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Pages tagged "federal politics"
MR: ACL welcomes High Court decision on marriage
· December 12, 2013 11:00 AM
For release: Thursday, 12th December, 2013
The Australian Christian Lobby has welcomed the High Court’s decision to reject the ACT’s same-sex marriage laws.
Managing Director Lyle Shelton said the ruling upholds uniformity of marriage laws across the country.
“The ACT’s “marriage” laws were inconsistent with the federal laws and incapable of concurrent operation,” he said.
“This ruling shows it is not the jurisdiction of states to legislate in regards to marriage,” Mr Shelton said.
“It’s important for marriage laws to continue to be administered federally – this is why the Marriage Act was passed in 1961 to have uniform marriage laws,” he said.
“Marriage between a man and a woman is good for society and beneficial for governments to uphold in legislation. It’s about providing a future for the next generation where they can be raised by their biological parents, wherever possible,” he said.
However, Mr Shelton expressed concern for those same-sex couples who thought they were married under the ACT legislation.
“Understandably they will be disappointed at the decision handed down today and it is unfortunate they were put in this position,” Mr Shelton said.
“The debate about changing the definition of marriage has been given a fair go for the past three years with nine parliamentary attempts to change it,” he said.
“Like the republican debate, the public and parliamentarians have had plenty of time to evaluate it and it is now time to move on.”
Teenagers care about democracy and government
· March 26, 2013 11:00 AM
Image Source: The Courier-Mail
In light of the upcoming federal election, Michael Knight - "adolescentologist" and founder of Peer Power - raises some interesting points in an article examining the interest of teenagers in the process of democracy and who governs the nation.
His article, entitled 'Teens may seem self-centred but democracy is at their core' was published in the Courier-Mail this month.
Below is a copy of Mr Knight's article.
With the recent announcement of a Federal election, comes the question of whether the incumbent will stay in power or whether the opposition will win a majority and take power.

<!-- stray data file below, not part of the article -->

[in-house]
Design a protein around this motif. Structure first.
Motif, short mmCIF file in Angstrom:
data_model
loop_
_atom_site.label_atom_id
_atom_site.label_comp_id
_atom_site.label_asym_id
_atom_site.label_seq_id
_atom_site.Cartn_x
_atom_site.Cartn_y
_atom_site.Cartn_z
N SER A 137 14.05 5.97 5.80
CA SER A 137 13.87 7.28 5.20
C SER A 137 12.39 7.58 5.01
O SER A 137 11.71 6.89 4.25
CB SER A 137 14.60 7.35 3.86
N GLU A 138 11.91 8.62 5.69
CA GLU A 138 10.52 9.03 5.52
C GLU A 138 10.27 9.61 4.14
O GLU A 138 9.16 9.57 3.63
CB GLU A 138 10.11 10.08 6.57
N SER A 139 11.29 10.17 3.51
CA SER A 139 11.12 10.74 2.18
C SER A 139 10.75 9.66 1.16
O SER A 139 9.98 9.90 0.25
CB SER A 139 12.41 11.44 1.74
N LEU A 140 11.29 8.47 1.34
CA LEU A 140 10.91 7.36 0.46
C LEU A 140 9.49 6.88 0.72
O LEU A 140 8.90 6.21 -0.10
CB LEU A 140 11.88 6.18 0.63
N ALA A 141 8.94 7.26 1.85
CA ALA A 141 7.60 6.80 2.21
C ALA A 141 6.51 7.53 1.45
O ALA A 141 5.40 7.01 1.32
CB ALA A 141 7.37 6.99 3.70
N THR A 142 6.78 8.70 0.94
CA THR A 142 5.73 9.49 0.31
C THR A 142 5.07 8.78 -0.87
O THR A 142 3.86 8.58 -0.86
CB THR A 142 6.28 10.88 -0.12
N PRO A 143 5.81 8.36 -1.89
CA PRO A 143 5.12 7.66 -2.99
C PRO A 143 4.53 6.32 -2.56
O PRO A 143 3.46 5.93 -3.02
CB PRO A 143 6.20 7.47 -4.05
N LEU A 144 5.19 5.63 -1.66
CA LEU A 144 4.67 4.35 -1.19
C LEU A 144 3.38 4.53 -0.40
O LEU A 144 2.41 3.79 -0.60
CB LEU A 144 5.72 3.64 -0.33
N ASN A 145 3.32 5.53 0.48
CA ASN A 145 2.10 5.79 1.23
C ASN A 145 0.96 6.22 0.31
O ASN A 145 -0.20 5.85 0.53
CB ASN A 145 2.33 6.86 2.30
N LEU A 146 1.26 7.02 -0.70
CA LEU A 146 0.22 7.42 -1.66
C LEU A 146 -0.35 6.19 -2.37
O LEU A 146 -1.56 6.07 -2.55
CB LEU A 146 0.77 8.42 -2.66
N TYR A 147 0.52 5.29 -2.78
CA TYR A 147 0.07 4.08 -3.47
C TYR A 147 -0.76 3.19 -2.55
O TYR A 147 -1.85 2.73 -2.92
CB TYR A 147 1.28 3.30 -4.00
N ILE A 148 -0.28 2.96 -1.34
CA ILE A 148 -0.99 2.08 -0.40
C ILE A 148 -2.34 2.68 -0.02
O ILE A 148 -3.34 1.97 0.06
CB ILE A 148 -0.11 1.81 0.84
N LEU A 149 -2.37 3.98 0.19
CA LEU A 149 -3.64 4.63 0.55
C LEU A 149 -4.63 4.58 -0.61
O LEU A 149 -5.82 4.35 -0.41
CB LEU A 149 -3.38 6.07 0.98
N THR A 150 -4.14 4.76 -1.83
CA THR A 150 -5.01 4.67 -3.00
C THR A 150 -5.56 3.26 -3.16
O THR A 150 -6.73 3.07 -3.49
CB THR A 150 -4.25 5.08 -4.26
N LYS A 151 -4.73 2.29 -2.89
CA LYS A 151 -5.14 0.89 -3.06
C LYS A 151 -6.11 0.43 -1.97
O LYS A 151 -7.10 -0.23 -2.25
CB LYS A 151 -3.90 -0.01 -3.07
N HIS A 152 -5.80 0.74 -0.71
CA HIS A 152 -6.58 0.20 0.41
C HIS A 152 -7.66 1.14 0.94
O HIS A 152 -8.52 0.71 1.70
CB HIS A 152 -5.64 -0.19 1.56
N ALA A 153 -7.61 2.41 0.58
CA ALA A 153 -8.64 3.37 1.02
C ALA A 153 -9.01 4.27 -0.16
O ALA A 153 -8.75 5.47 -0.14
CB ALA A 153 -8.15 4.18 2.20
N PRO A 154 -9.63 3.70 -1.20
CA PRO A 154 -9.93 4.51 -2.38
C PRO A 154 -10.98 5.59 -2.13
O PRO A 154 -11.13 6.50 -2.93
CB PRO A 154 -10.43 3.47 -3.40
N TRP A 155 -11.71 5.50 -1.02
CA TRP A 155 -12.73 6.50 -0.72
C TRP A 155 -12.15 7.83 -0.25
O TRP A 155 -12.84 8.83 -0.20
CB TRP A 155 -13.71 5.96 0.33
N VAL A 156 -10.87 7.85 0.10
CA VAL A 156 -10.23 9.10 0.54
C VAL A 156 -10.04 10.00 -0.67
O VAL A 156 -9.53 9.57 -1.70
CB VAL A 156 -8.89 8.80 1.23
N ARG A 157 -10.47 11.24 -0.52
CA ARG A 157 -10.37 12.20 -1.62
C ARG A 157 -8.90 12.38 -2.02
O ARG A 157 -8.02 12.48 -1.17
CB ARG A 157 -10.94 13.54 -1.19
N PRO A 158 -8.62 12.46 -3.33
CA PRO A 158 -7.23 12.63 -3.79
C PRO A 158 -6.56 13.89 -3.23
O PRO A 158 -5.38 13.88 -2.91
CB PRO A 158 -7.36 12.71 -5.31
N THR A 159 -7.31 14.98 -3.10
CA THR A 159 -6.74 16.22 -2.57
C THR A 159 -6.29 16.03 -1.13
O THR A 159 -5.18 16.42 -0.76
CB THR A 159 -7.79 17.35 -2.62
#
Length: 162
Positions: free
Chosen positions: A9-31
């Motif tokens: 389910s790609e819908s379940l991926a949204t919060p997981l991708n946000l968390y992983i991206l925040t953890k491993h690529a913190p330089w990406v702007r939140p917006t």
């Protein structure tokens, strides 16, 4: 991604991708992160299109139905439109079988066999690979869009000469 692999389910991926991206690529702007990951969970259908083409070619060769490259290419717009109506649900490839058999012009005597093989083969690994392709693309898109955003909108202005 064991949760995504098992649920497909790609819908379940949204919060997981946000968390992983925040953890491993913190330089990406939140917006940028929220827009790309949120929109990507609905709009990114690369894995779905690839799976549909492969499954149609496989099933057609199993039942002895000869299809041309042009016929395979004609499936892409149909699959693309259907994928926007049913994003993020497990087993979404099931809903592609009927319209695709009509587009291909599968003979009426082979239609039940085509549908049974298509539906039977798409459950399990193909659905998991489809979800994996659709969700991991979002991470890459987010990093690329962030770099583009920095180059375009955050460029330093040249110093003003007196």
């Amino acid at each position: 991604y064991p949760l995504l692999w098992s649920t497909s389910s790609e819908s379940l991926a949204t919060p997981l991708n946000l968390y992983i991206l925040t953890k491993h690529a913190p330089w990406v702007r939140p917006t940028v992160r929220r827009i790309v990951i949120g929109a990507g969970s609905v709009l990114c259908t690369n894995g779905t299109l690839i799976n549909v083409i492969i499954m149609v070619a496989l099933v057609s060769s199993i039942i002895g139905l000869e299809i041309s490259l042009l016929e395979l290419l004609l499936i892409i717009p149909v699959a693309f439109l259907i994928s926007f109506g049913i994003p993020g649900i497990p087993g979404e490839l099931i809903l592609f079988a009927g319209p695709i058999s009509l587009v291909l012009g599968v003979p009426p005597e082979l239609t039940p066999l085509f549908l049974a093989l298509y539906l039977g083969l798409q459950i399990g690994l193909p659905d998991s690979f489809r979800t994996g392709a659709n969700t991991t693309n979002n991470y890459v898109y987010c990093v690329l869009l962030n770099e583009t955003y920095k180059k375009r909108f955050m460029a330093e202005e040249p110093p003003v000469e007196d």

As someone who spends his days working with teenagers, I wondered whether the average teenager cared about government, its various forms and what role they can play in the whole decision-making process?
After briefly thinking about these two ideas, it would be plausible to conclude that they have little in common - which would be true if one buys into stereotypes and sound bites.
Like a frog in a pot, we can easily lose perspective.
True, Government and politicians can be easy targets for complaints especially given the sound bite news cycle. However before we take another pot shot at our chosen form of government, let us not forget the very form of government we can be so displeased with allows for her citizens to freely express such opinions.
It was the former Prime Minister of England, Churchill who said of democracy, “It has been said that democracy is the worst form of government except all the others that have been tried.”
Now consider the average teenager in Australia and their attitude to government? Would these two ideas be held in the same sentence?
Given a stereotype of the larrikin Aussie teenager as, laconic, pleasure seeking, narcissists or anarchists I would find myself leaning towards the notion that they could not care less about government – but I would be wrong.
In Peer Power’s 2011 survey of 5,000 teenagers, ‘Adolesecentology’ we asked if they take an interest in how our country is governed? I was surprised to learn that 43% agreed with this statement, and 39% were neutral about this, only 18% disagreed.
Of more interest was that over half of all students surveyed agreed or strongly agreed that democracy really does give the common person power to make significant decisions in how our country is run.